Doing the Math: Immigration Detention Costs a Pretty Penny

Written by on August 29, 2012 in Detention, Enforcement, Uncategorized with 4 Comments

By Dan Gordon, Communications Associate, National Immigration Forum.

Congress will return to Washington after Labor Day amid talk of a “fiscal cliff,” yet loath to address the steep price American taxpayers shoulder to detain immigrants.

Many of these immigrants pose no threat to the American public and they could be placed in less expensive alternatives to detention. In this belt-tightening era, the excessive amount we spend on immigration detention should be subjected to careful scrutiny.

The President’s fiscal year 2013 budget request for DHS Custody Operations, which includes immigration detention, rounds to a cool $2 billion.  According to the National Immigration Forum’s newly updated “The Math of Immigration Detention,” we’d be spending about $5.4 million a day on detaining immigrants. Divided among 32,800 daily detention beds, that comes to $164 per day for each immigrant.

Believe it or not, that would be an improvement: This fiscal year we’re spending an additional $91 million for 1,200 more beds than the President requested for the 2013 fiscal year.

The House of Representatives has expressed no interest even in relatively minuscule savings. In fact, it wants to keep all of those expensive detention beds.

Yes, it’s politically unpopular — particularly in an election year — to cut any fat from our immigration enforcement budget. But as the January 2, 2013, effective date of the Budget Control Act approaches, cuts will have to come from somewhere.

To put it simply, alternatives to detention is a good candidate for savings. Forget $91 million — by detaining and deporting only those immigrants who pose a threat to public safety and by employing community-based alternatives to detention for others, the government could save up to $1.6 billion a year. Such alternatives have a daily cost per detainee ranging from 30 cents to $14 — a much better deal than $164.  These alternatives are also highly effective.

Such cuts would go hand-in-hand with Immigration and Customs Enforcement’s policy of focusing its resources on those convicted of dangerous, violent crimes. The implementation of this “prosecutorial discretion” has been very limited so far. Better use of prosecutorial discretion would keep aspiring citizens who pose no public-safety risk out of our bloated detention system.

In addition, reducing our reliance on detention would keep taxpayer dollars from flowing into the coffers of private prison corporations, which give millions of dollars each year to lobbyists and political campaigns. Nearly half of immigration detainees were held in private prisons as of 2011. And detainees at such facilities have been subjected to abuse and poor conditions. Many have lodged complaints.

Congress may temporarily resign itself to keeping the government running at current funding levels when it convenes in September. But in the end, even the politically untouchable Department of Homeland Security is going to face budget cuts.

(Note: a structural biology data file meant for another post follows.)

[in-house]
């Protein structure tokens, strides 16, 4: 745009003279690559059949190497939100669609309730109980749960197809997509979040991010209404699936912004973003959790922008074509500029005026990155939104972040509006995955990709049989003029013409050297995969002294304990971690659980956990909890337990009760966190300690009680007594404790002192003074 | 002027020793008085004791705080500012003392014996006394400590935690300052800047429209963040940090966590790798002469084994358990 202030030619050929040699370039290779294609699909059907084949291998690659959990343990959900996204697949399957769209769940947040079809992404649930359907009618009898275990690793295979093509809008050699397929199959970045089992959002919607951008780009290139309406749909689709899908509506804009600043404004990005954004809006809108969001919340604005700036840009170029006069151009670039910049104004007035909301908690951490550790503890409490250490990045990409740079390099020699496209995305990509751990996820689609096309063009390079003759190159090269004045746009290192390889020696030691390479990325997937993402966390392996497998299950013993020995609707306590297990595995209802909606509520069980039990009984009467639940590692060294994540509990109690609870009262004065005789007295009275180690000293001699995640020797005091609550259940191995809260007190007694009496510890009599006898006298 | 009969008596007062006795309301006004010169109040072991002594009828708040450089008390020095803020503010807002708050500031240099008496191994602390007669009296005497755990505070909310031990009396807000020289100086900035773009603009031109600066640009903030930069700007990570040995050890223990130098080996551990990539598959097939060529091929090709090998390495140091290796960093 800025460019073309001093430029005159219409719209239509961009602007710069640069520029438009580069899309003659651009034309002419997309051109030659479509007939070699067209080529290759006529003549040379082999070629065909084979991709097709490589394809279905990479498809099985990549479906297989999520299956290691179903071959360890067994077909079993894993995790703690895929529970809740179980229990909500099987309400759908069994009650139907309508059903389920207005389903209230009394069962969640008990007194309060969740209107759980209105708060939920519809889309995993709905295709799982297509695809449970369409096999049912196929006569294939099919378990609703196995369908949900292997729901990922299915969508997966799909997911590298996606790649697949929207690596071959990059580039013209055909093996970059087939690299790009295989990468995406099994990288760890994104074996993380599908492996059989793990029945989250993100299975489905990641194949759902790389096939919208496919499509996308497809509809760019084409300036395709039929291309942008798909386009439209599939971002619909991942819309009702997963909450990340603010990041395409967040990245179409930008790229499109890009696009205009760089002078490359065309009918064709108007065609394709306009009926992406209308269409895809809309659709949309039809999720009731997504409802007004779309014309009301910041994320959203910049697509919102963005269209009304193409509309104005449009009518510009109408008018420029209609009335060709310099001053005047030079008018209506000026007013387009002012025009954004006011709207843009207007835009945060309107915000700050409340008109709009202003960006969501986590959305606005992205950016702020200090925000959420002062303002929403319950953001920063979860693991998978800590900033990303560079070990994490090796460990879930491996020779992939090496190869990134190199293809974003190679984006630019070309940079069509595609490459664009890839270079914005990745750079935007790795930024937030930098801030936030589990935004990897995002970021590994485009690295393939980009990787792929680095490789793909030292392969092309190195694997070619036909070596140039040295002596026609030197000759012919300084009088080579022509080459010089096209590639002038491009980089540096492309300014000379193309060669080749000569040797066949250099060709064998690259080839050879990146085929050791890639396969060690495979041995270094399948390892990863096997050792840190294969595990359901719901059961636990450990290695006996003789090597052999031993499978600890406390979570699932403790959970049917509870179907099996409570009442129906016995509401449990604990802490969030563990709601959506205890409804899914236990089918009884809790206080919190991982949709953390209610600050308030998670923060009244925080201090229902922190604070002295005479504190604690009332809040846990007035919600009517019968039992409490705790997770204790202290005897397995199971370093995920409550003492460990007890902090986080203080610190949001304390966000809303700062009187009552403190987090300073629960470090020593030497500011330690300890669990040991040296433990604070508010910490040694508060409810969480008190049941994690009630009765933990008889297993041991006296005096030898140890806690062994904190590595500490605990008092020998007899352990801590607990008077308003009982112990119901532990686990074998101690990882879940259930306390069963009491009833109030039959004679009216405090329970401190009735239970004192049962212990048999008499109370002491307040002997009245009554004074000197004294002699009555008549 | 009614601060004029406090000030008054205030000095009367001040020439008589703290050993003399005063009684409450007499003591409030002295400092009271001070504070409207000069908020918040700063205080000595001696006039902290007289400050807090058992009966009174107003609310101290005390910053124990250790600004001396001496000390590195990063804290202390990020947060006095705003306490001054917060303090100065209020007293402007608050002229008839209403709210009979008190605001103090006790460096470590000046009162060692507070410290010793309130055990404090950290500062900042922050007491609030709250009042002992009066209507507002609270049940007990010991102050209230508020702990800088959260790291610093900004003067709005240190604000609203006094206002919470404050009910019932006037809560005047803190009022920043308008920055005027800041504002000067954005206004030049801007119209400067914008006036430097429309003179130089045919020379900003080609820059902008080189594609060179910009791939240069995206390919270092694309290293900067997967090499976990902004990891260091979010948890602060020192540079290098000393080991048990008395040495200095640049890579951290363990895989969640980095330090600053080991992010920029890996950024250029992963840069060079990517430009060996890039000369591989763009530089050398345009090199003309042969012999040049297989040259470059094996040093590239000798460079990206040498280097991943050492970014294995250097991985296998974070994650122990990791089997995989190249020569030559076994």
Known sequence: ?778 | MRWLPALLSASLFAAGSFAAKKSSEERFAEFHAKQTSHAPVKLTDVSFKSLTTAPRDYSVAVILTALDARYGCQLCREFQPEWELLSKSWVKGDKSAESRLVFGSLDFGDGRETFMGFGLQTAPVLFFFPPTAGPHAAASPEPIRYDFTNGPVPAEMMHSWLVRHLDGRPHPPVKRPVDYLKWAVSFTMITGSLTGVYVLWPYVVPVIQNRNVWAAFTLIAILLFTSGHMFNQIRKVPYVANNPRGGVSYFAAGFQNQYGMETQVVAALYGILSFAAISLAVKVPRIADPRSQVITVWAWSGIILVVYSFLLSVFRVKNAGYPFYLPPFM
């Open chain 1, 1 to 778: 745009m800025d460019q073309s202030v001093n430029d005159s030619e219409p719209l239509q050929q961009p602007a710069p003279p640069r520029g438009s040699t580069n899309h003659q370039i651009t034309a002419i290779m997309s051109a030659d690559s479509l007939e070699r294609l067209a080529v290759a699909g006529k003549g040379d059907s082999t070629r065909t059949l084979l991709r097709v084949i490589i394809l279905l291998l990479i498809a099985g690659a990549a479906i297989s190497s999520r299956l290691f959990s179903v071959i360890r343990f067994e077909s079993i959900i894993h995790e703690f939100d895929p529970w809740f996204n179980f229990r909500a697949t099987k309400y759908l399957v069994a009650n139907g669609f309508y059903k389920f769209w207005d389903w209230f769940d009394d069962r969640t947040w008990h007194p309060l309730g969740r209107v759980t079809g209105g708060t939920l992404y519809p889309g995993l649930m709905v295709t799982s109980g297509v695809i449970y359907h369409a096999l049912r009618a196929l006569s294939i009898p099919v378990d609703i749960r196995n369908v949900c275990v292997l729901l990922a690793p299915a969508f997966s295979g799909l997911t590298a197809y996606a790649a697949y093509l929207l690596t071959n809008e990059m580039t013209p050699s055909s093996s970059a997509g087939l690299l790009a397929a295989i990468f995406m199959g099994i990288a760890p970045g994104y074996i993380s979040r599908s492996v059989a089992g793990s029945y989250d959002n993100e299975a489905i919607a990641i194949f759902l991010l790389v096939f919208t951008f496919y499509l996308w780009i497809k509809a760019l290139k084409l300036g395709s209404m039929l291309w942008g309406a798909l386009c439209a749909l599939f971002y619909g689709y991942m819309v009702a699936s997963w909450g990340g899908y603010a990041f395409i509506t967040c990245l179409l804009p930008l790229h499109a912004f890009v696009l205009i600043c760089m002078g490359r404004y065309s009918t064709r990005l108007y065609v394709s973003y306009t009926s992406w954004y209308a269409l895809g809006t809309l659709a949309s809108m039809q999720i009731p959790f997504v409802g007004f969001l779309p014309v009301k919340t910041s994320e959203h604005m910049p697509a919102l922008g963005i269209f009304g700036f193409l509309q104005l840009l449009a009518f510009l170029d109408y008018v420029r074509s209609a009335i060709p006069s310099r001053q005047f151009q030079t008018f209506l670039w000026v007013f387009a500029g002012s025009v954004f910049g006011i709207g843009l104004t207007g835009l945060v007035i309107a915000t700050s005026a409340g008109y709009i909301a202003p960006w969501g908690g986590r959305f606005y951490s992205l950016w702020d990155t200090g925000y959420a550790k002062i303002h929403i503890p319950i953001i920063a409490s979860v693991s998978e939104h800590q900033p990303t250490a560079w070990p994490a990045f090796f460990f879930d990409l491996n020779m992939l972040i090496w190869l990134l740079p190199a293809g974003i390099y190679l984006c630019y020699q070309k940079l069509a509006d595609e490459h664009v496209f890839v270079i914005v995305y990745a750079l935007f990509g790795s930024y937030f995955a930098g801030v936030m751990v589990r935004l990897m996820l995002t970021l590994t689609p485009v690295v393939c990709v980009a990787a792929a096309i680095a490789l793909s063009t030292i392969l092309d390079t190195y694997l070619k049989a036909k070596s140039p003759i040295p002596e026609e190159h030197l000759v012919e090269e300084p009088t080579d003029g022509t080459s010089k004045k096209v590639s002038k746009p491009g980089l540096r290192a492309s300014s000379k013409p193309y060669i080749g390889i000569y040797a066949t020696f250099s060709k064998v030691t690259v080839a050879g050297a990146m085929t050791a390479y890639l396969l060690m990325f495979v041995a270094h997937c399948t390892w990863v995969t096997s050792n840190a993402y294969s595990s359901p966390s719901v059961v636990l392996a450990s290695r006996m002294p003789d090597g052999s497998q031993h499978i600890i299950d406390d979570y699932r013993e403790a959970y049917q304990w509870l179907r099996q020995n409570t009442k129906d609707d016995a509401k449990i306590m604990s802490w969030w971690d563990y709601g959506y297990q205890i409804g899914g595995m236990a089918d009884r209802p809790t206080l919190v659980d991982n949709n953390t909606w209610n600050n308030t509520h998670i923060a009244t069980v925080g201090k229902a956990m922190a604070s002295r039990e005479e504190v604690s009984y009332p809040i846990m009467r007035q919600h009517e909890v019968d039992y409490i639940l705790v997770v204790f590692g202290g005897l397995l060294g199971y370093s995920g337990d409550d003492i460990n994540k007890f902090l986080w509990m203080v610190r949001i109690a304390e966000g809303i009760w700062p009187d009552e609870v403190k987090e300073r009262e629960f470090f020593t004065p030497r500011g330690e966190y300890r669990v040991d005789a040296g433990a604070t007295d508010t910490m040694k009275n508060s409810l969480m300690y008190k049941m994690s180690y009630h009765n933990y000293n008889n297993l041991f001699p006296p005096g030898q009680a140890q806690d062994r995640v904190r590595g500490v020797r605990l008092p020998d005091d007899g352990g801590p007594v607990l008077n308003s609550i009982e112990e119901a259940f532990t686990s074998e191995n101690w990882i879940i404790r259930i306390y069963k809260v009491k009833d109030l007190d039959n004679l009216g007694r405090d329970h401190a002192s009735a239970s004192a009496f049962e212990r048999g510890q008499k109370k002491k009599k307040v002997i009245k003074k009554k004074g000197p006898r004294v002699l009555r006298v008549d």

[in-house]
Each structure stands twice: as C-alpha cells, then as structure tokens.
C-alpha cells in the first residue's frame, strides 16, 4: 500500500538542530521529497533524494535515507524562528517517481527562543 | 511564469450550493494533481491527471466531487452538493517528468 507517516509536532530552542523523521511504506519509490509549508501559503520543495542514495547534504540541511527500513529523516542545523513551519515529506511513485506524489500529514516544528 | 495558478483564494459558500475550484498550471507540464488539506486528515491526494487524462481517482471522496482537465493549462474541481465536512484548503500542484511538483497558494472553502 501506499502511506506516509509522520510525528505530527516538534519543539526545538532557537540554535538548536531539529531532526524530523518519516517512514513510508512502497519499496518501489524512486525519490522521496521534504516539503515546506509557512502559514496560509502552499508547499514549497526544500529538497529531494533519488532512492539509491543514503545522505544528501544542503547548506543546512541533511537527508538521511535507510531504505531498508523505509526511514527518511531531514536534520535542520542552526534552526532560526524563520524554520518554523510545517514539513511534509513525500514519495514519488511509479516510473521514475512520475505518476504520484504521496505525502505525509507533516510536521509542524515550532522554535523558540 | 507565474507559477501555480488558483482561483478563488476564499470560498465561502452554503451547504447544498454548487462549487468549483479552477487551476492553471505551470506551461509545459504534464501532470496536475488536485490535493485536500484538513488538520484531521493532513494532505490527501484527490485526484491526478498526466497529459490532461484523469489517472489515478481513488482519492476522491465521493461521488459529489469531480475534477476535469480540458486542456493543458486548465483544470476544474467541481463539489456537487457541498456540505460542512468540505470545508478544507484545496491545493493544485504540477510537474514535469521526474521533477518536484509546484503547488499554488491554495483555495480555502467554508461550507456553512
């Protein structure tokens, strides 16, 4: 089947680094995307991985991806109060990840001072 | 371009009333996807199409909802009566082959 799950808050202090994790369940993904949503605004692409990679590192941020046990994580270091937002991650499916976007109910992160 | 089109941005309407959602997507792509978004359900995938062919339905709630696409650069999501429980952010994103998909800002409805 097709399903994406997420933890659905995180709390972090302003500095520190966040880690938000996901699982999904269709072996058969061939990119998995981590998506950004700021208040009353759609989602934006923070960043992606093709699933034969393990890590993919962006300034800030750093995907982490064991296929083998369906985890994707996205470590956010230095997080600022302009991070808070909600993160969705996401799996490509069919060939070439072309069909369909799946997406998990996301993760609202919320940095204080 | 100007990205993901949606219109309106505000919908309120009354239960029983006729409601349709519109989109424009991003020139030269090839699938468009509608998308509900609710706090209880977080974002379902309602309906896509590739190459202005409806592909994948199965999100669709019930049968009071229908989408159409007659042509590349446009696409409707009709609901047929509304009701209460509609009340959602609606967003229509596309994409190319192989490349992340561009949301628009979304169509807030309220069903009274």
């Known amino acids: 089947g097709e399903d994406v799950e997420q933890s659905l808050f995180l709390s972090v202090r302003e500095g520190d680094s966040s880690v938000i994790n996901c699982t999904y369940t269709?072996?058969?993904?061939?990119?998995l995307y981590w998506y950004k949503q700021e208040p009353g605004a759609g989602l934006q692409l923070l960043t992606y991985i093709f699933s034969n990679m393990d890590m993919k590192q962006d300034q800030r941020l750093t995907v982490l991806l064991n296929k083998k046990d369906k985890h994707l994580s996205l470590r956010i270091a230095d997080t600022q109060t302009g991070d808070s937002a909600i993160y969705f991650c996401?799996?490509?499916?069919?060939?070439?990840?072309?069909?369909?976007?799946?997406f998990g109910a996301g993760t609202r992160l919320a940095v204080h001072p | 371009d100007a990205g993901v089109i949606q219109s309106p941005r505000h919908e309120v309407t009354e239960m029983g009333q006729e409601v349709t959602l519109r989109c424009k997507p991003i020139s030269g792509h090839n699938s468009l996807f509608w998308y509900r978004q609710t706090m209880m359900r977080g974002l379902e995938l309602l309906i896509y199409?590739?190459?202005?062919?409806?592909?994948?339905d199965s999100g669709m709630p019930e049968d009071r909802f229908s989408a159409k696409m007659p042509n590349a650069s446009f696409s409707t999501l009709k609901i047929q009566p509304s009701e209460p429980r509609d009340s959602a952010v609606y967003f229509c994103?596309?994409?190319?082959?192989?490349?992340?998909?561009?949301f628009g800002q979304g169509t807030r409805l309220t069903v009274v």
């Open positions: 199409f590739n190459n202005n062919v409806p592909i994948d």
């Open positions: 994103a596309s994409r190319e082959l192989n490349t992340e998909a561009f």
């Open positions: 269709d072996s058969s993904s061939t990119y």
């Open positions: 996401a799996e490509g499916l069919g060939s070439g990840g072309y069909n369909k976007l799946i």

When that time comes, Congress must do the right thing and trim the excessive costs of our immigration-detention system.

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  • I think it is harsh that they keep the one locked up for things that everyone else does that are like low charges.I was always told treat people equal regardless on what race,language,or anything to make someone different.I dont understand all these laws they really make me sick.If you come down too it the way they are doing them are pretty much the same as slavery.No one should go though that not even if you are Ilegal.I do understand that it isnt right for them to get away with things but they should be let out just like the American given a chance to life their life in a better place so they can make money for their family.If we dont have them here we will lose all our crops of important things that we need to live.The farmer loses out on their money and everything.I hope the United States will treat everyone equal regardless of anything about them.They should give the ones that are trying to follow the rules a chance to get a permanet residence here like they gave others back in the day from other countries.It isnt fair to man kind to treat them differently then other because the others also speak different languages.The are not following what it says in they rules of US Contitustion or The Ten Amendments.Why make rules if they arent followed.

  • MdeG

    This is all true, but there are far more important reasons to oppose the present immigration detention system.

    Private prisons. Mistreatment of prisoners. The fundamental rottenness of our national immigration system. The US’s complicity in many of the awful conditions that these folks are trying to escape in their countries of origin.

    I would love to know where the financial tie between CCA and Kobach lies. That, to me, is a far more interesting question, and lies somewhat nearer the root of this corruption.

  • I understand that it costs $169.00 a day per inmate @ the Fair.fax County, Virginia
    Adult Detention Center. What a waste of taxpayers money for non violent detainees.S

  • Elaine Fooshee

    When someone came to this country for asylum fleeing Somalia because of the violence there and as an English Teacher and believer inhuman rights he was targeted with threats of violence from persons in Somalia. On those basis, he has been detained in the Steward Detention Center in Lumpkin, GA since December 2010 – – Mohamed Jama # A 200564730. And taxpayers are billed $60,000 per year for this profit corporate private prison expense.
    Does Congress have connections to this prison and have a “kick-back”????
    More of us should be concerned!!!!